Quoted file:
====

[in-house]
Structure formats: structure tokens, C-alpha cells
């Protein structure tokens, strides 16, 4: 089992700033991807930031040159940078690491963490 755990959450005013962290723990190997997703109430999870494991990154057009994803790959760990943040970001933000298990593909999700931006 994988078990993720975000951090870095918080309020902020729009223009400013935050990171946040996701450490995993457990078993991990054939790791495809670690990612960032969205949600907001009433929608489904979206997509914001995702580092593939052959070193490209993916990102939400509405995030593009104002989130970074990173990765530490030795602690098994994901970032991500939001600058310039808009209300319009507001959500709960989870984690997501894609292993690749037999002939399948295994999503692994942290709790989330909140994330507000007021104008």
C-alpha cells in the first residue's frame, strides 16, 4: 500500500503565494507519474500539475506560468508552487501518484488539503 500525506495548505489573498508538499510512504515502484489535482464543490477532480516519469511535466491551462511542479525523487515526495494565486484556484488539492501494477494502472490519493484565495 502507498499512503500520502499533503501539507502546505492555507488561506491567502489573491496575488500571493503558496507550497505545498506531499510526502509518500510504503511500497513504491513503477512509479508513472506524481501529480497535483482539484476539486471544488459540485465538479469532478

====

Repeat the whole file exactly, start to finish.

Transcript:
[in-house]
Structure formats: structure tokens, C-alpha cells
């Protein structure tokens, strides 16, 4: 089992700033991807930031040159940078690491963490 755990959450005013962290723990190997997703109430999870494991990154057009994803790959760990943040970001933000298990593909999700931006 994988078990993720975000951090870095918080309020902020729009223009400013935050990171946040996701450490995993457990078993991990054939790791495809670690990612960032969205949600907001009433929608489904979206997509914001995702580092593939052959070193490209993916990102939400509405995030593009104002989130970074990173990765530490030795602690098994994901970032991500939001600058310039808009209300319009507001959500709960989870984690997501894609292993690749037999002939399948295994999503692994942290709790989330909140994330507000007021104008």
C-alpha cells in the first residue's frame, strides 16, 4: 500500500503565494507519474500539475506560468508552487501518484488539503 500525506495548505489573498508538499510512504515502484489535482464543490477532480516519469511535466491551462511542479525523487515526495494565486484556484488539492501494477494502472490519493484565495 502507498499512503500520502499533503501539507502546505492555507488561506491567502489573491496575488500571493503558496507550497505545498506531499510526502509518500510504503511500497513504491513503477512509479508513472506524481501529480497535483482539484476539486471544488459540485465538479469532478